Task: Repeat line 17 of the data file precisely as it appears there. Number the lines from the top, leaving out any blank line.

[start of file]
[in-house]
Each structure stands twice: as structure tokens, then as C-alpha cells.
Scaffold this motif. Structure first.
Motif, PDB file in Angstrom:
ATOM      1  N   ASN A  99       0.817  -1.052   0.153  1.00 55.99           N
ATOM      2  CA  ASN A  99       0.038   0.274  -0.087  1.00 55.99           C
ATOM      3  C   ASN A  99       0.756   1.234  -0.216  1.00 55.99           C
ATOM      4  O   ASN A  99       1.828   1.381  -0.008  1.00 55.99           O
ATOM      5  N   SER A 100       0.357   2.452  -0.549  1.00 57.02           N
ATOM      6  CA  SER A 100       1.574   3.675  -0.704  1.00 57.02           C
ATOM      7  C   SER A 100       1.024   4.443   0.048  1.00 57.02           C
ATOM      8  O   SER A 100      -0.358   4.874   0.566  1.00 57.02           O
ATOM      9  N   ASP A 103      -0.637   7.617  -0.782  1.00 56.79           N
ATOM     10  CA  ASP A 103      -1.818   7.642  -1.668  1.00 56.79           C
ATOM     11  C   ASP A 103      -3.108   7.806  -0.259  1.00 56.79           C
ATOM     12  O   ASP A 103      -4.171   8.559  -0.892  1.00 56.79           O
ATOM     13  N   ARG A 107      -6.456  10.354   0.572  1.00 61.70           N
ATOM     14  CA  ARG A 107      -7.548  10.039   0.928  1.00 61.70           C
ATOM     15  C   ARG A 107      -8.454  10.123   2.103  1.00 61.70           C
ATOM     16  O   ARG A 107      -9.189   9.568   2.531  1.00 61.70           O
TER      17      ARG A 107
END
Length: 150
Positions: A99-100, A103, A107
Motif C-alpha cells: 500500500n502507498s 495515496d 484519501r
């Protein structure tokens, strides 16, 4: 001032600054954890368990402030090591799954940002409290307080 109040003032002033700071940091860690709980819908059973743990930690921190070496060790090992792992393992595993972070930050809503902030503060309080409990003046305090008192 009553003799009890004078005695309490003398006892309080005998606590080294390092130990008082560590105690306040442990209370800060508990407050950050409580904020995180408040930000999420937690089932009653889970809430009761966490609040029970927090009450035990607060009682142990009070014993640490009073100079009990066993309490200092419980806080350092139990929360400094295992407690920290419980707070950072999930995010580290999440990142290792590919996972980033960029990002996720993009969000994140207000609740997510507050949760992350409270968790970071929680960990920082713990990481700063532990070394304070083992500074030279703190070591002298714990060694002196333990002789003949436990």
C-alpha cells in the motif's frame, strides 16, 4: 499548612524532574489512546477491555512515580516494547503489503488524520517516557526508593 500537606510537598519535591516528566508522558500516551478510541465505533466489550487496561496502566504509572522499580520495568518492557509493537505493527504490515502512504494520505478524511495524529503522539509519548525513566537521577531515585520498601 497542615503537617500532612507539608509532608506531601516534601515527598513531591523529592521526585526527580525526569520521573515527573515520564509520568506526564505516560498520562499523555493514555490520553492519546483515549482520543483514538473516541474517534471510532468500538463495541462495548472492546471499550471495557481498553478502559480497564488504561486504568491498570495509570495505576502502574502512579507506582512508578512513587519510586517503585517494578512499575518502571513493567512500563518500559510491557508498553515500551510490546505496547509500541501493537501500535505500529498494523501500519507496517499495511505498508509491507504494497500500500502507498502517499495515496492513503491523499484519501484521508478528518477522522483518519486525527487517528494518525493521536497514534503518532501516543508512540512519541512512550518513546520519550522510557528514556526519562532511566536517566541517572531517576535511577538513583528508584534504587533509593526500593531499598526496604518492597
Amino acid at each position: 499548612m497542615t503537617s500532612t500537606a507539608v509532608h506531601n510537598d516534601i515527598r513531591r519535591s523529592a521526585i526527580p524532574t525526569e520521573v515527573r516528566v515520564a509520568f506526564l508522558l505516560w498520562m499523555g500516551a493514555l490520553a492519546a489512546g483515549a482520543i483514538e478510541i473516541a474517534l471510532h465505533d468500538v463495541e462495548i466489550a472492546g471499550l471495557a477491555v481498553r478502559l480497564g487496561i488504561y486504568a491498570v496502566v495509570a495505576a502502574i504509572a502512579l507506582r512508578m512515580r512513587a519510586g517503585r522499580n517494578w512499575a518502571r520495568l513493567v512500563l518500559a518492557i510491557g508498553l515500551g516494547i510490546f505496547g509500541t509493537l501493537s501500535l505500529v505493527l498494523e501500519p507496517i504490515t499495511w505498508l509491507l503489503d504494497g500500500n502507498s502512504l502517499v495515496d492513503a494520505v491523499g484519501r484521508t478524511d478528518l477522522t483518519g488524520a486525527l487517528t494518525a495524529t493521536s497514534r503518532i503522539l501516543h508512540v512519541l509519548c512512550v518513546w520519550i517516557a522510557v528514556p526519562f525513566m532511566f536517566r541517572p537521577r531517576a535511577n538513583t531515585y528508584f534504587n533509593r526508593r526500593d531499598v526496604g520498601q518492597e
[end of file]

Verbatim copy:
ATOM     13  N   ARG A 107      -6.456  10.354   0.572  1.00 61.70           N